Fall 2018 Trend Wishlist

This fall there have been a lot of trends floating around that I have yet to try. Today I wanted to share my top 3 with you guys and see what your opinion is on them too! I also made sure to find affordable options to share, because if you're anything like me you don't want to spend a lot of money on a trendy piece that might only be in for a season. 

1. Teddy Coats
This is a trend that has been around for a while already, but it is back this year and just as popular. They all look so cozy and are versatile because they can just be thrown over a t-shirt and leggings or over a more dressed up outfit. 

2. Plaid Pants-
The plaid pants trend is taking over this fall and winter, and it is actually growing on me. I haven't bought a pair for myself yet, but would consider it if it was a professional pair I could wear to clinic! Plus plaid pants paired with a neutral sweater and a cute bag is such a chic outfit. Some plaid pants even have red in it, which would be the perfect holiday look! 

3. Color Block Sweaters-
While we all love a good neutral, especially for fall and winter, these color blocked sweaters are trending and so fun! I love that you can find them in a variety of colors and they will add a great pop to dreary days. They can be paired with leggings for comfy look, or be worn with ripped jeans for a laid back style. I love that some have fun sleeve options too! 

If you choose to order any of these items off of Zaful, you can use the code ZVYABFS for 15% off your order! Considering how affordable everything is already, this gives you another reason to try out a fun trend for fall! If you choose to wait and order between November 23-26, you can also get free shipping worldwide on your order and click here between November 23-29 to see all the amazing Black Friday deals they are offering!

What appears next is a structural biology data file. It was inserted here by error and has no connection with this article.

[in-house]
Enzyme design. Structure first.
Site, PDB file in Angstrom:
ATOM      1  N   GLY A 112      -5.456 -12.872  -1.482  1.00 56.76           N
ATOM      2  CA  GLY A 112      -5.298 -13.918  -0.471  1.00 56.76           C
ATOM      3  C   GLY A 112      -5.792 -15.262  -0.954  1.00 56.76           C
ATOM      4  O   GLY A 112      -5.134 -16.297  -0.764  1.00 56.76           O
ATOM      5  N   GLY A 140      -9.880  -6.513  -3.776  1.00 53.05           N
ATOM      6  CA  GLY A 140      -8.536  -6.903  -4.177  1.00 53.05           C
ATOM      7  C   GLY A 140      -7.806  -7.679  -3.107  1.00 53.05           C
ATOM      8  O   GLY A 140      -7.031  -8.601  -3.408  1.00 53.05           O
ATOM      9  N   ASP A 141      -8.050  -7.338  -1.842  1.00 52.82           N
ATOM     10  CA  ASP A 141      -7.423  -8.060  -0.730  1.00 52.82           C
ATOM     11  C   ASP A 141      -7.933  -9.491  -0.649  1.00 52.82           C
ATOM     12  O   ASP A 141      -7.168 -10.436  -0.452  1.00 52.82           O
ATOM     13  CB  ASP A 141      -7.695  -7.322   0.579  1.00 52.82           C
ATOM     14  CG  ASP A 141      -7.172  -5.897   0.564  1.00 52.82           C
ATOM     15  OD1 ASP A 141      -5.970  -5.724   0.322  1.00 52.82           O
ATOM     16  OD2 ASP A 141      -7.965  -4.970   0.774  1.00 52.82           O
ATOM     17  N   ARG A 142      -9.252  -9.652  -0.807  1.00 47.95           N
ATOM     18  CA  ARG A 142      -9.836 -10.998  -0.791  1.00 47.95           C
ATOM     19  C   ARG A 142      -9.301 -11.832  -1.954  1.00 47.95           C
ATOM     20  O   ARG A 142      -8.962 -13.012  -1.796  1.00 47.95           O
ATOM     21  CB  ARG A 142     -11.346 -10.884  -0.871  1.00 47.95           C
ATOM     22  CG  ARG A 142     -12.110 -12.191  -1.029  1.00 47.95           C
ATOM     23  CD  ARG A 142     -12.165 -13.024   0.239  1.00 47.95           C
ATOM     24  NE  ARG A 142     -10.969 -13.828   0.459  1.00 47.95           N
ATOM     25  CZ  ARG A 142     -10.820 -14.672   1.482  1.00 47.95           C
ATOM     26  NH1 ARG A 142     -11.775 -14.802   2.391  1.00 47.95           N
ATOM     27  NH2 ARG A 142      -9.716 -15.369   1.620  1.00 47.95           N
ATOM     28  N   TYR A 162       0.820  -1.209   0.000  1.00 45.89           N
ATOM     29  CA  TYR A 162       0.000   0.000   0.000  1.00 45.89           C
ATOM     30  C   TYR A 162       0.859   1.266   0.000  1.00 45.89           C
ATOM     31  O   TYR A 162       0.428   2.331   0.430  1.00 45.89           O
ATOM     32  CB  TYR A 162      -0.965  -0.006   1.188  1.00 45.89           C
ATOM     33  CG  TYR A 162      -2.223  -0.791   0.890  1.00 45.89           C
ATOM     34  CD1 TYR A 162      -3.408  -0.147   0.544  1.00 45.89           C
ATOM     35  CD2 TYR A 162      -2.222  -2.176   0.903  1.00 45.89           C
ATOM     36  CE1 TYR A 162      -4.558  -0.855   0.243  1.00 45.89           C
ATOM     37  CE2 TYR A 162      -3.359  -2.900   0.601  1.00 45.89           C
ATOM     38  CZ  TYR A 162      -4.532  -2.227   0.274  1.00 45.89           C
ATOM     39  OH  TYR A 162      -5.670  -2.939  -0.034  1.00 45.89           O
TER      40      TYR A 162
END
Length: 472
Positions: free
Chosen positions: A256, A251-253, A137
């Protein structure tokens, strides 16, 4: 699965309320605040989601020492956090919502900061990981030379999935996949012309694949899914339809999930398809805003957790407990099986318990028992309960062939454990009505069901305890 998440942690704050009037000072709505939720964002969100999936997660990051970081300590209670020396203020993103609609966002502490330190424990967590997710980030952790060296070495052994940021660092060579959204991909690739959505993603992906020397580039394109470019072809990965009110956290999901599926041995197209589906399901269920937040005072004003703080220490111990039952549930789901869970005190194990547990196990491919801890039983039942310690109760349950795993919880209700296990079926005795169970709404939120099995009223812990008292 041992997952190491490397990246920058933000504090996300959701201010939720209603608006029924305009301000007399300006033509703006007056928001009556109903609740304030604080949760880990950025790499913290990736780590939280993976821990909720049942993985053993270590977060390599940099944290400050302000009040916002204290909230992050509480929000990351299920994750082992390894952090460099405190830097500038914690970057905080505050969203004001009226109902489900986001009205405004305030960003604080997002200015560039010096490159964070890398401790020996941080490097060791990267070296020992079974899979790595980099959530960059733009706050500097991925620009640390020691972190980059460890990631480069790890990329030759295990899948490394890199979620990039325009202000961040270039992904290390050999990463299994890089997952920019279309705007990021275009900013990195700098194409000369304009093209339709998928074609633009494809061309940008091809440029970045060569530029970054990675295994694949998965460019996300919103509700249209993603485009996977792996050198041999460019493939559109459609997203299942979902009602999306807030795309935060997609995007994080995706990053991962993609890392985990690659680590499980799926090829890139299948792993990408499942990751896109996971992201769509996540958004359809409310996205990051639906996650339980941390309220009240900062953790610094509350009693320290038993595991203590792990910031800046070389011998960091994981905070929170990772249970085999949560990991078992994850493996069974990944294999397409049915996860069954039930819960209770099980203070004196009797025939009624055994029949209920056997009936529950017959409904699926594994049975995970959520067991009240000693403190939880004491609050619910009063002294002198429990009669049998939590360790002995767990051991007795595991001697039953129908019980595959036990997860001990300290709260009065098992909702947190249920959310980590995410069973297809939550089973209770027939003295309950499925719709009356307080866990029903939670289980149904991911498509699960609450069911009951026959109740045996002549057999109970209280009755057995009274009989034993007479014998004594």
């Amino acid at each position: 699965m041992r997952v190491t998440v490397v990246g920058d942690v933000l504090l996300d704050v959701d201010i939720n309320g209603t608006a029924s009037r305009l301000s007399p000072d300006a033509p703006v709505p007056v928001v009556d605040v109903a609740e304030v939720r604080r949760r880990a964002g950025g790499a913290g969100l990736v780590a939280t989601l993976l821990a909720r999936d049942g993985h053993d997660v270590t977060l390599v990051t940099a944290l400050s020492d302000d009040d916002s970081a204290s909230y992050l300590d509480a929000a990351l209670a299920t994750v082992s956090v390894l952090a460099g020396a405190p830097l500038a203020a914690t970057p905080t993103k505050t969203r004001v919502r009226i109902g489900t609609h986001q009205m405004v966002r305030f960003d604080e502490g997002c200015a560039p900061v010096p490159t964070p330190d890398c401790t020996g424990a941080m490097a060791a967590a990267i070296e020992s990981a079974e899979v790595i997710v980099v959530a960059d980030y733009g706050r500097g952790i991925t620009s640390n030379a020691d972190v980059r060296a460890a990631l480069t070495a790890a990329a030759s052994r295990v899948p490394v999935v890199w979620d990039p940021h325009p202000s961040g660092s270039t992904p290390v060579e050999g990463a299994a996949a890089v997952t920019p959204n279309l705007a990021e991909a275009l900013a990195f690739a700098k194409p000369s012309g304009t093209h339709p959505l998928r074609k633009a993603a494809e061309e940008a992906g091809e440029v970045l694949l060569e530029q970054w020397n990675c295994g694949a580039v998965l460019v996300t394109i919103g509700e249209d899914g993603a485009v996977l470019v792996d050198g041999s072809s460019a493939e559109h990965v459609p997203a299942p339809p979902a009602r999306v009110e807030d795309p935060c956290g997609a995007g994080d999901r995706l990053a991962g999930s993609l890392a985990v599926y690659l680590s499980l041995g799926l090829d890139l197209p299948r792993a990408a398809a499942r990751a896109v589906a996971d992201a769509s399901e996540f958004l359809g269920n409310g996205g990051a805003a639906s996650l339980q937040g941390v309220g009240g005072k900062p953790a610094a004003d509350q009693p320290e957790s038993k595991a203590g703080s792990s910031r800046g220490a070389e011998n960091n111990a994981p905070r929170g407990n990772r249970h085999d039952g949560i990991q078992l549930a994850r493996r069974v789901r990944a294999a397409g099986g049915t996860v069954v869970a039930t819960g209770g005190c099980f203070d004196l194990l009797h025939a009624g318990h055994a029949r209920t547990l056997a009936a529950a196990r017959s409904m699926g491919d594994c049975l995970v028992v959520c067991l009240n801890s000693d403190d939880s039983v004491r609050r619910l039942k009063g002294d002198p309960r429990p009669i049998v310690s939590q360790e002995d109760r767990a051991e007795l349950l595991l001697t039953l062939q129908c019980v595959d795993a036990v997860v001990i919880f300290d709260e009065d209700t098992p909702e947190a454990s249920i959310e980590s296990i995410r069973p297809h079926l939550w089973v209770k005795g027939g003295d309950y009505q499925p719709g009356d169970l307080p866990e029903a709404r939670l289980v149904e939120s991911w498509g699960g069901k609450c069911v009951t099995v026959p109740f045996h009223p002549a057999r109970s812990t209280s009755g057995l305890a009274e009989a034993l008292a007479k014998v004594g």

Which of these three trends is your favorite? Let me know in the comments! 

xo, Scarlett

This post was written on behalf of Zaful. All opinions are mine. 


8 College Time Management Tips

Any other college students wish days were slightly longer or your weekends had an extra day? If you answered yes, then you are not alone. But there are things you can do to add some time back into your day and make the most of the time you have. Today I am sharing 8 things that I have learned throughout college that help me make the most of the 24 hours I do have every day!

1. Plan your classes wisely
Try to block your classes together if possible and don't leave large chunks of time between class. If a break between classes is unavoidable, make a plan on what you will do during that time every week. Even a 30 minute break can be used to run through a Quizlet, proofread a paper, or even take a power nap.

2. Put school first 
Isn't there a quote out there that says you always have time for what you prioritize? Well, I would say that is mostly true. Yes, you want to balance everything and have fun, but honestly school should be your #1 priority while you are in college. Go to class, take good notes, and turn in assignments on time.

3. Use your planner
I am a total Type A, list-making type of person. But even if you aren't, I still highly recommend investing in a planner you love. The best way to stay on top of everything is to write it down so you don't forget it. During the first week of classes, write down any important dates from your syllabus in your planner. I promise you will thank yourself later!

4. Schedule in "me-time"
In college it can be so easy to forget about yourself, especially when you schedule things into every minute of your day! But don't forget to schedule in time for yourself and for your friends too. Schedule in coffee to catch up with a friend, or a study date with someone else. One way I do this is to make sure I have time over the weekend to paint my nails. It only takes like 30 minutes and I usually do it while listening to a podcast to give myself a break and do something I enjoy.

5. Find a study spot 
Some people cannot study in their dorms. Some people can only study in the library. Some people (like myself) cannot stay in one spot and have to move around every few hours to stay productive. Try out a few spots during the first week and see what works best for you! The past three years have taught me that I need to find a place where people are around so I feel like I have to work on things, but not so many people that I get distracted people watching!